Delivering MTSS interventions to students is an important pathway to equity and excellence in schools. But how do you build—and systematize—tiered intervention services across an entire district?
To do this well, there's a lot to learn from Ogden School District. The district, which serves 12,300 students in Ogden, Utah, has a strong vision for student support that focuses on building strong relationships with students. This vision motivates their approach to MTSS and informs everything they do—from Tier 2 interventions, to how they collect and use data.
On a recent webinar, administrators from Ogden shared their values, best practices, and norms for delivering tiered student supports and interventions.
Here's a round-up of everything you need to know from the webinar.
1. Don't reinvent the wheel for every school and every student.
Instead, strive to deliver consistent MTSS services across the entire district. Although the goal of MTSS is to provide individualized support to every student, it's not efficient or repeatable to write a new behavior plan every time a student acts out or shows signs of struggle. Develop district-level systems and core MTSS values to ensure that students are getting the best support possible at every school.
In Ogden, for example, district leaders have worked hard to maintain consistency in MTSS services across school sites. These shared elements include data collection systems, intervention menus, support teams, and professional development.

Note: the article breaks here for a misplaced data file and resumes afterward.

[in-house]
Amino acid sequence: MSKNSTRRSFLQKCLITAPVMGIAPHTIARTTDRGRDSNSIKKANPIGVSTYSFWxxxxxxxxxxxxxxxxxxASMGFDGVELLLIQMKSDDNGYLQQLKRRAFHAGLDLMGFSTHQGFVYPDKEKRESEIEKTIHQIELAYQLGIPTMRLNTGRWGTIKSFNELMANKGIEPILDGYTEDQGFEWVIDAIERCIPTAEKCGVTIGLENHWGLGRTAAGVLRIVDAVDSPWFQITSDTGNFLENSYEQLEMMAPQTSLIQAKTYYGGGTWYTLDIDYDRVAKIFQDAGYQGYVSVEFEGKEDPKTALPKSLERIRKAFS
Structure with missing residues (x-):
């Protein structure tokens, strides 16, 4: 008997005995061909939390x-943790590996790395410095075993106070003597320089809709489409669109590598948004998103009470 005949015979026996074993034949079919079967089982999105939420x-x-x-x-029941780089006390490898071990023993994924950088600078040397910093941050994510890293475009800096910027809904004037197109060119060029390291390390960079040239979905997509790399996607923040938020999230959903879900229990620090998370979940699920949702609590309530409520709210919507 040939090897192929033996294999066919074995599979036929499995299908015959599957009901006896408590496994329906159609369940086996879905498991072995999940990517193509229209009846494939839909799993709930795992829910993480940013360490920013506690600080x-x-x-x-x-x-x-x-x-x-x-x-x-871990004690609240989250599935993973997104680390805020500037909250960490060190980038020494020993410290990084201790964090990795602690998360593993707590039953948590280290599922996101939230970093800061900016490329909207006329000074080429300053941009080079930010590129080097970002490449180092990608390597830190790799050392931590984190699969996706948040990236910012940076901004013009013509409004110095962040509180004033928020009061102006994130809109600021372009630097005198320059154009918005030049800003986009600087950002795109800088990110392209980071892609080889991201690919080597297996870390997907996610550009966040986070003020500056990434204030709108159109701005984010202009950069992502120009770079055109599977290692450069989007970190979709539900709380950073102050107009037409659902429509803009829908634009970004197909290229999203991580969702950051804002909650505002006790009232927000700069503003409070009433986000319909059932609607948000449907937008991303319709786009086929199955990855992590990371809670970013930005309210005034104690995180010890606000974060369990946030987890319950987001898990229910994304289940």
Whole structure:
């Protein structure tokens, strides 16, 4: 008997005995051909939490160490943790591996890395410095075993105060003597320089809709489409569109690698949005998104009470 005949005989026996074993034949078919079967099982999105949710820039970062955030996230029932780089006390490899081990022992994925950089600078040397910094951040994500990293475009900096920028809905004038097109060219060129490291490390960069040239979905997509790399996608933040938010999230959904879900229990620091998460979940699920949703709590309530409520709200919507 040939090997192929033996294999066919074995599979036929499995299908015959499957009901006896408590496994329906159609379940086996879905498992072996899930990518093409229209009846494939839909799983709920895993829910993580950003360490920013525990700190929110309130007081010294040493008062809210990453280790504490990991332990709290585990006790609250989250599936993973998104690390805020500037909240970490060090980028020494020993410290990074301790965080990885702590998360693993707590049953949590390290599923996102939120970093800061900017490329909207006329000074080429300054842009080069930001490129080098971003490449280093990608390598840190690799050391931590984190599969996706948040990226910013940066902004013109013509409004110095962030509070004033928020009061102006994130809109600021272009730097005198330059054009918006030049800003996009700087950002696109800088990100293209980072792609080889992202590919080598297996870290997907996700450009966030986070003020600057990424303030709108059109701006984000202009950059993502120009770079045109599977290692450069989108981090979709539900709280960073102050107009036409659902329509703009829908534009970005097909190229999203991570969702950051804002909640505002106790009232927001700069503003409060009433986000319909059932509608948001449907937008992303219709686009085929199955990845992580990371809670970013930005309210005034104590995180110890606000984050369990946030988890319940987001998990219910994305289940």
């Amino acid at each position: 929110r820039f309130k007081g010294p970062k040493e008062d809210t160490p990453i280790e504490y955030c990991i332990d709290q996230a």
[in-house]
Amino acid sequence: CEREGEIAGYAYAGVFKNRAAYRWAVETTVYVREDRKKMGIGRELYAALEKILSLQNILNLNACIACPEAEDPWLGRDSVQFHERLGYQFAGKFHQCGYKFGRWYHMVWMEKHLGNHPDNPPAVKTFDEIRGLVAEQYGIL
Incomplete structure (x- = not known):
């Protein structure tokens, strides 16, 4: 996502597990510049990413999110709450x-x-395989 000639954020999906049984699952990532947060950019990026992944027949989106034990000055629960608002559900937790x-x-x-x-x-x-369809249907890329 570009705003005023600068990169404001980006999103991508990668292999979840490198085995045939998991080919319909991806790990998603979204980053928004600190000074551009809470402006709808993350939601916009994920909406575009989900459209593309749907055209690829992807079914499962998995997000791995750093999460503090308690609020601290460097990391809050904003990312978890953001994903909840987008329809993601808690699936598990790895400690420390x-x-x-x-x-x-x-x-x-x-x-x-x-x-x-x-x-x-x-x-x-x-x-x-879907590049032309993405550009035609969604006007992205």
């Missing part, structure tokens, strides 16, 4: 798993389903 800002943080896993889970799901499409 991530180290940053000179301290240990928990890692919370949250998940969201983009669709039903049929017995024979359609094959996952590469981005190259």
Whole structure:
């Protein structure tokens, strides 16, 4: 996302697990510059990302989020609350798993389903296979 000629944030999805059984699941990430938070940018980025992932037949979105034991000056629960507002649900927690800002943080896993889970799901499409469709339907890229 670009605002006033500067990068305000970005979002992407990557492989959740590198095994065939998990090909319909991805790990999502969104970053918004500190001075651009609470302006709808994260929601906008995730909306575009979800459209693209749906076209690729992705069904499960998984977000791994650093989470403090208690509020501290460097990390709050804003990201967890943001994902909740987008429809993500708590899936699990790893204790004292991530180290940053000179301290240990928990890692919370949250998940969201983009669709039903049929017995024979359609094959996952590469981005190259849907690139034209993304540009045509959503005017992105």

"We can guarantee that a student will get the same service at every school in our district. This means that one student can move to another elementary school and receive the same type of service on the day that they start."
– Aspen Henderson, MTSS and PBIS Coordinator, Ogden School District
2. A strong Tier 1 is the best prevention for needing Tier 2 or 3 interventions.
Above all else, focus on building a strong base of Tier 1 supports to create a proactive and preventative MTSS culture. In Ogden, school sites evaluate Tier 1 data every month to identify one area for improvement. For instance, at New Bridge Elementary School, this month they're working on students' friendship skills because of a rise in playground incidents.
"Our three major Tier 1 systems relate to behavior, attendance, and academics. Interwoven through all three are our new efforts in understanding how SEL impacts those three areas for our students," said Janice Bukey, principal of New Bridge Elementary.
Here are a few of Ogden's school-based Tier 1 strategies:
- Attendance challenges to celebrate good attendance with a traveling trophy and ice cream parties.
- Daily behavior spotlights over the PA and on a bulletin board to encourage positive behavior.
- Second Step curriculum to develop students' social-emotional learning skills including emotion regulation, social awareness, and self-efficacy.
3. At the Tier 2 level, create student support teams to mobilize around at-risk students.
The goal of these cross-functional teams should be to review relevant data, identify students in need of Tier 2 supports, and come up with interventions for each child. Ogden has Child Assistance Teams (ChATs) made up of principals, assistant principals, counselors, and behavior interventionists. The ChaT teams meet weekly with the following responsibilities: